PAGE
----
- Kay Swinburne – Wales
Two additional Labour MEPs had already resigned ahead of the election, with their seats remaining vacant for the rest of the Parliament:
Independents elected as UKIPEdit
- Janice Atkinson – South East England
- Louise Bours – North West England
- James Carver – West Midlands
- William Legge – South West England
- Steven Woolfe – North West England
- Julie Girling, independent MEP for South West England; originally elected as Conservative
- Patrick O'Flynn, SDP MEP for East of England; originally elected as UKIP
- Ian Hudghton, SNP MEP for Scotland
- Jim Nicholson, Ulster Unionist MEP for Northern Ireland
Incumbent MEPs defeatedEdit
- Richard Ashworth – South East England (originally elected as Conservative)
- Amjad Bashir – Yorkshire and the Humber (originally elected as UK Independence Party)
- Daniel Dalton – West Midlands
- Nirj Deva – South East England
- John Flack – East of England
- Ashley Fox (Conservative Group leader in the European Parliament) – South West England
- Syed Kamall (co-chair of the ECR group) – London
- Sajjad Karim – North West England
- Rupert Matthews – East Midlands
- Emma McClarkin – East Midlands
- John Procter – Yorkshire and the Humber
- Charles Tannock – London
- Paul Brannen – North East England
- Wajid Khan – North West England
- David Martin – Scotland
- Alex Mayer – East of England
- Clare Moody – South West England
- Siôn Simon – West Midlands
UK Independence Party
- In the case of a British citizen who moved abroad before the age of 18, if a parent or guardian had been on the on Electoral Register in the UK in the 15 years before the election.
- "European Parliament election turnout - UK Political Info". www.ukpolitical.info. Retrieved 31 May 2019.
- "Ministers set for further Brexit talks". BBC News. 8 April 2019.
- "How UK is gearing up for European elections". BBC News. 11 April 2019. Retrieved 13 April 2019.
- "Brexit: UK will take part in European elections, says David Lidington". BBC News. 7 May 2019.
- "European Parliamentary elections in Great Britain" (PDF). Electoral Commission. Retrieved 13 April 2019.
- "Types of election, referendums, and who can vote". GOV.UK. HM Government. Retrieved 13 April 2019.
- Helm, Toby (6 April 2019). "The Independent Group looks to European elections for breakthrough". The Guardian. Retrieved 28 July 2021.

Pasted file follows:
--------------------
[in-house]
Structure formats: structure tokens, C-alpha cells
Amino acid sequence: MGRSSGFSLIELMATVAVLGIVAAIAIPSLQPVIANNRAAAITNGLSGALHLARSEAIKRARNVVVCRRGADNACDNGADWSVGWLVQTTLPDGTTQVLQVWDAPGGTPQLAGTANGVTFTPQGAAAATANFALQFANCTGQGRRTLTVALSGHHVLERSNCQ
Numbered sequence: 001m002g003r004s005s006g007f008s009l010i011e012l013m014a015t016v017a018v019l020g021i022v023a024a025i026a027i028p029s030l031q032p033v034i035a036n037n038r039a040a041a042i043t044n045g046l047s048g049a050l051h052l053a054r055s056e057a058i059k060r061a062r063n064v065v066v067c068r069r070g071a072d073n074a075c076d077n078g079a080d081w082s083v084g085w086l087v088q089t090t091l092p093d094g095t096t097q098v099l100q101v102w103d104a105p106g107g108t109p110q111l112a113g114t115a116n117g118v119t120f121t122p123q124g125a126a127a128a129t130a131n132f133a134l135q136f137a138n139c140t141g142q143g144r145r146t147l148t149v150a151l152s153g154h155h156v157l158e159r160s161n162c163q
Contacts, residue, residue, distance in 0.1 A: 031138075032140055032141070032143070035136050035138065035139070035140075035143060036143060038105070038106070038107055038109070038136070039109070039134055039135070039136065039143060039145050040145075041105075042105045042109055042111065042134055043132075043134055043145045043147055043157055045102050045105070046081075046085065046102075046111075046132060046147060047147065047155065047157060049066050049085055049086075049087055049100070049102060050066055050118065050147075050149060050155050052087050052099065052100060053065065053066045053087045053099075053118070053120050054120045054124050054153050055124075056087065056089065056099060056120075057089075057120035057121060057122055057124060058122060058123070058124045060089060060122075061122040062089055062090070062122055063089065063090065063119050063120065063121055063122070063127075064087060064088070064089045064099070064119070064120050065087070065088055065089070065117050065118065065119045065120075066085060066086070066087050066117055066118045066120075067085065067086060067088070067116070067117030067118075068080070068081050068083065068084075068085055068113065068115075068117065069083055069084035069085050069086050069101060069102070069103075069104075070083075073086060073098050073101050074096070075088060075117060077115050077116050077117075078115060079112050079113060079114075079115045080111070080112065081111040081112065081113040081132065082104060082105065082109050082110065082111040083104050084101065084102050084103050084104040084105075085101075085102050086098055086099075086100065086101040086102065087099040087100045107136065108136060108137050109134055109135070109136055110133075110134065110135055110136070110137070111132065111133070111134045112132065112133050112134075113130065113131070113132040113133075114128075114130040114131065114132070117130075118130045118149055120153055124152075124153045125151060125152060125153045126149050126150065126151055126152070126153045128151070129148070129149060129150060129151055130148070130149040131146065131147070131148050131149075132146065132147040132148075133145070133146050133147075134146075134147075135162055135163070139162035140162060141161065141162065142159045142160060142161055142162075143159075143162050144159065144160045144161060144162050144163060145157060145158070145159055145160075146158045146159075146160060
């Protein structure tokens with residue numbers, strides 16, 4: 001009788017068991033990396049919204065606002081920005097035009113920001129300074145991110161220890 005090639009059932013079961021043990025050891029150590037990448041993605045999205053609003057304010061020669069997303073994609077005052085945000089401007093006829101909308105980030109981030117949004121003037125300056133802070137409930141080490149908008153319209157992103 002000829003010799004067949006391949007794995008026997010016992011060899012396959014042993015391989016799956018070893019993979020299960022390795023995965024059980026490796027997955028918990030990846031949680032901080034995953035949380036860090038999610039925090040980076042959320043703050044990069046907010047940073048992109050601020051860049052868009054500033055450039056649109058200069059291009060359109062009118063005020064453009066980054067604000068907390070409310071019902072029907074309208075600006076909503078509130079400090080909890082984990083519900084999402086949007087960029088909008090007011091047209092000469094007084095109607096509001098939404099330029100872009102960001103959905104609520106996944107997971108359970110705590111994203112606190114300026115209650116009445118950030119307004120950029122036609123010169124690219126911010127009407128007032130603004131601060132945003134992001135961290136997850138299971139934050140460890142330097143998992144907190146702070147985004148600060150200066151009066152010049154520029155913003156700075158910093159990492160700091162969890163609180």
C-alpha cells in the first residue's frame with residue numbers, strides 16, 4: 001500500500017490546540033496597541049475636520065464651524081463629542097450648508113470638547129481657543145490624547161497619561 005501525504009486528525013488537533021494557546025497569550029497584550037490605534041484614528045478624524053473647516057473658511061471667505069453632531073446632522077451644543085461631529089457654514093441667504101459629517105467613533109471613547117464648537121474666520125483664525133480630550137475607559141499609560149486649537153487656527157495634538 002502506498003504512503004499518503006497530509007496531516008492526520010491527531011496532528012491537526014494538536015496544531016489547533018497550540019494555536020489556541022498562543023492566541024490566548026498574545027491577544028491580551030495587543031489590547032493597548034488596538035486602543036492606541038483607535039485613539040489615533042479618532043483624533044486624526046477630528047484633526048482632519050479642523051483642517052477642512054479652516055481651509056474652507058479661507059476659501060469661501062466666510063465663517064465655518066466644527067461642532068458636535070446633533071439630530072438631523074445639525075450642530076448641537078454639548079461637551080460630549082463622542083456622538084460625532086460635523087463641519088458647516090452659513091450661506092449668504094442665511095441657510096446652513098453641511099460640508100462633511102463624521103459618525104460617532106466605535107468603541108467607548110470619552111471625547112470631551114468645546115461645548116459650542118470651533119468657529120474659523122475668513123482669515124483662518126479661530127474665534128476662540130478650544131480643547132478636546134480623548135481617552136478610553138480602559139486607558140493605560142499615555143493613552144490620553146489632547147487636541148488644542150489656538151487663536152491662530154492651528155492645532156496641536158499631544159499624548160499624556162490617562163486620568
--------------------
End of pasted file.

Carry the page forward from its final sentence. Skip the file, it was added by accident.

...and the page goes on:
- Nielsen, Nikolaj (10 April 2019). "EU election now a 'proxy referendum' on Brexit". EU Observer. Retrieved 18 May 2019.
- Garton Ash, Timothy (18 April 2019). "Britain will have its second referendum – at the EU elections on 23 May". The Guardian. Retrieved 18 May 2019.
- "Which elections can I vote in?". Electoral Commission. 2 October 2018. Retrieved 28 April 2019.
- "Overseas Voters". Electoral Commission. 6 February 2019. Archived from the original on 4 September 2019. Retrieved 28 April 2019.
- Representation of the People Act 1983, Sections 3 and 3A
- Representation of the People Act 1983, Section 173
- "European Parliament". Electoral Commission. 11 April 2019. Archived from the original on 25 April 2019. Retrieved 28 April 2019.
- "I have two homes. Can I register at both addresses?". Electoral Commission. 2016. Retrieved 5 January 2011.
- "Electoral Registration: EU Citizens". Parliamentary Debates (Hansard). House of Commons. 25 April 2019.
- European Parliament voter registration form Electoral Commission
- O'Carroll, Lisa (4 June 2019). "EU citizens' voting rights: ministers accused of 'shocking complacency'". The Guardian. Retrieved 7 June 2019.
- Therrien, Alex (23 May 2019). "European elections 2019: EU citizens turned away from UK polls". BBC News. Retrieved 7 June 2019.
- "European Parliamentary Elections Act 2002". legislation.gov.uk. National Archives – via GOV.uk.
- Wheeler, Caroline (27 May 2018). "John Bercow's committee sets aside nearly £1m for post-Brexit EU election". The Sunday Times. Retrieved 27 May 2018.
- Hope, Christopher (26 May 2018). "Fear over 'secret' Government plan for UK to stay in EU after deadline as cash set aside for European elections". The Telegraph. Retrieved 27 May 2018.
- Kanter, Jake (27 May 2018). "Brexit supporters are angry about a 'secret plot' to keep Britain in Europe after £829,000 is set aside for EU elections". Business Insider UK. Retrieved 27 May 2018.
- European Parliament resolution of 7 February 2018 on the composition of the European Parliament (Texts adopted, P8_TA(2018)0029). European Parliament. 7 February 2018.